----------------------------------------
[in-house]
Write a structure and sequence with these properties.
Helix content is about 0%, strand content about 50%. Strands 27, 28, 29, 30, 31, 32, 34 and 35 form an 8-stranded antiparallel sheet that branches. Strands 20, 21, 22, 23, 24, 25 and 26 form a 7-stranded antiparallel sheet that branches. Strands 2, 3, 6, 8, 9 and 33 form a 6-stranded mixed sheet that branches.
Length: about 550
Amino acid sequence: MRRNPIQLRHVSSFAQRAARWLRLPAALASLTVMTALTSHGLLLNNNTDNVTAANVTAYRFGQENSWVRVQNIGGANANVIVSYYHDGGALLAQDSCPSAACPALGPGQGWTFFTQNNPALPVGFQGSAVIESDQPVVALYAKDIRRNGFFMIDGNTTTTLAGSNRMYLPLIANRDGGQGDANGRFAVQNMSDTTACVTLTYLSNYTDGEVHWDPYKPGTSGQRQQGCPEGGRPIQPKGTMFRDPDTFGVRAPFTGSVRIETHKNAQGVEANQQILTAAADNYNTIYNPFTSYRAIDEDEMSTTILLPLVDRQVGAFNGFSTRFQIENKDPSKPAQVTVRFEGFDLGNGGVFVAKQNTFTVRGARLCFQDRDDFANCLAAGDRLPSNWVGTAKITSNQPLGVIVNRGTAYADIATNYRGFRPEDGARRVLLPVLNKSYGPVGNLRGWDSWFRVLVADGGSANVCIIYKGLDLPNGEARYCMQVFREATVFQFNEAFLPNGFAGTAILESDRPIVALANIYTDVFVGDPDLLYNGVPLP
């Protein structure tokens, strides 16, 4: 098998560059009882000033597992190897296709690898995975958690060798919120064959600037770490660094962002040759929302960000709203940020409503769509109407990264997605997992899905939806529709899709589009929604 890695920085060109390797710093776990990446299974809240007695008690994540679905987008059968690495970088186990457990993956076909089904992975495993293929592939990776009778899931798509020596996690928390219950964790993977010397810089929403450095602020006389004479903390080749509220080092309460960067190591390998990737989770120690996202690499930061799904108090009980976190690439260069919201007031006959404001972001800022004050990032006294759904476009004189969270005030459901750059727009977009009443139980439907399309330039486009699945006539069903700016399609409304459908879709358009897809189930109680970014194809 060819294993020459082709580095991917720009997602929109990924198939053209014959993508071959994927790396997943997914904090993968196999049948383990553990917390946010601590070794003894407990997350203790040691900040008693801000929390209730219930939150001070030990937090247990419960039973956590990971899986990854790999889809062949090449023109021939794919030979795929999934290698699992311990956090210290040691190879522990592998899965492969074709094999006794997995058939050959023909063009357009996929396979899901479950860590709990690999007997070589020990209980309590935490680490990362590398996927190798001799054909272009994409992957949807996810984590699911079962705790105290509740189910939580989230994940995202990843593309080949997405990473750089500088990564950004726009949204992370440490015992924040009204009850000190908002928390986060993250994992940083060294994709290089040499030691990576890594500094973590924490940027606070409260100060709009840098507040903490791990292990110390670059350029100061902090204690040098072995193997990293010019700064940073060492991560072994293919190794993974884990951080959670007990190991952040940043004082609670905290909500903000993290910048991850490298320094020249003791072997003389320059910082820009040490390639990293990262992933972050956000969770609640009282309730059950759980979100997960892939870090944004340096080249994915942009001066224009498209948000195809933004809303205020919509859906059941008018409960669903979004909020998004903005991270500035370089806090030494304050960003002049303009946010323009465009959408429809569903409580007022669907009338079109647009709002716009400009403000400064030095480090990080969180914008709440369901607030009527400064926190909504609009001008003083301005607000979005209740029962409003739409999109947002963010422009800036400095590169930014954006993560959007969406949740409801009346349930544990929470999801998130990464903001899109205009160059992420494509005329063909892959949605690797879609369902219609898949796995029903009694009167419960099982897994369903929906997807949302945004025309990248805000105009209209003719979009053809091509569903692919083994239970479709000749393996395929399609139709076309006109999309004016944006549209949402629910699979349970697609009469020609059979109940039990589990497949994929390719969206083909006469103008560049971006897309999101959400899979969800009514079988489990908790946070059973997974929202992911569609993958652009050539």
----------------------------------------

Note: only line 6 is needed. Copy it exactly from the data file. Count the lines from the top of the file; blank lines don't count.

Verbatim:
């Protein structure tokens, strides 16, 4: 098998560059009882000033597992190897296709690898995975958690060798919120064959600037770490660094962002040759929302960000709203940020409503769509109407990264997605997992899905939806529709899709589009929604 890695920085060109390797710093776990990446299974809240007695008690994540679905987008059968690495970088186990457990993956076909089904992975495993293929592939990776009778899931798509020596996690928390219950964790993977010397810089929403450095602020006389004479903390080749509220080092309460960067190591390998990737989770120690996202690499930061799904108090009980976190690439260069919201007031006959404001972001800022004050990032006294759904476009004189969270005030459901750059727009977009009443139980439907399309330039486009699945006539069903700016399609409304459908879709358009897809189930109680970014194809 060819294993020459082709580095991917720009997602929109990924198939053209014959993508071959994927790396997943997914904090993968196999049948383990553990917390946010601590070794003894407990997350203790040691900040008693801000929390209730219930939150001070030990937090247990419960039973956590990971899986990854790999889809062949090449023109021939794919030979795929999934290698699992311990956090210290040691190879522990592998899965492969074709094999006794997995058939050959023909063009357009996929396979899901479950860590709990690999007997070589020990209980309590935490680490990362590398996927190798001799054909272009994409992957949807996810984590699911079962705790105290509740189910939580989230994940995202990843593309080949997405990473750089500088990564950004726009949204992370440490015992924040009204009850000190908002928390986060993250994992940083060294994709290089040499030691990576890594500094973590924490940027606070409260100060709009840098507040903490791990292990110390670059350029100061902090204690040098072995193997990293010019700064940073060492991560072994293919190794993974884990951080959670007990190991952040940043004082609670905290909500903000993290910048991850490298320094020249003791072997003389320059910082820009040490390639990293990262992933972050956000969770609640009282309730059950759980979100997960892939870090944004340096080249994915942009001066224009498209948000195809933004809303205020919509859906059941008018409960669903979004909020998004903005991270500035370089806090030494304050960003002049303009946010323009465009959408429809569903409580007022669907009338079109647009709002716009400009403000400064030095480090990080969180914008709440369901607030009527400064926190909504609009001008003083301005607000979005209740029962409003739409999109947002963010422009800036400095590169930014954006993560959007969406949740409801009346349930544990929470999801998130990464903001899109205009160059992420494509005329063909892959949605690797879609369902219609898949796995029903009694009167419960099982897994369903929906997807949302945004025309990248805000105009209209003719979009053809091509569903692919083994239970479709000749393996395929399609139709076309006109999309004016944006549209949402629910699979349970697609009469020609059979109940039990589990497949994929390719969206083909006469103008560049971006897309999101959400899979969800009514079988489990908790946070059973997974929202992911569609993958652009050539």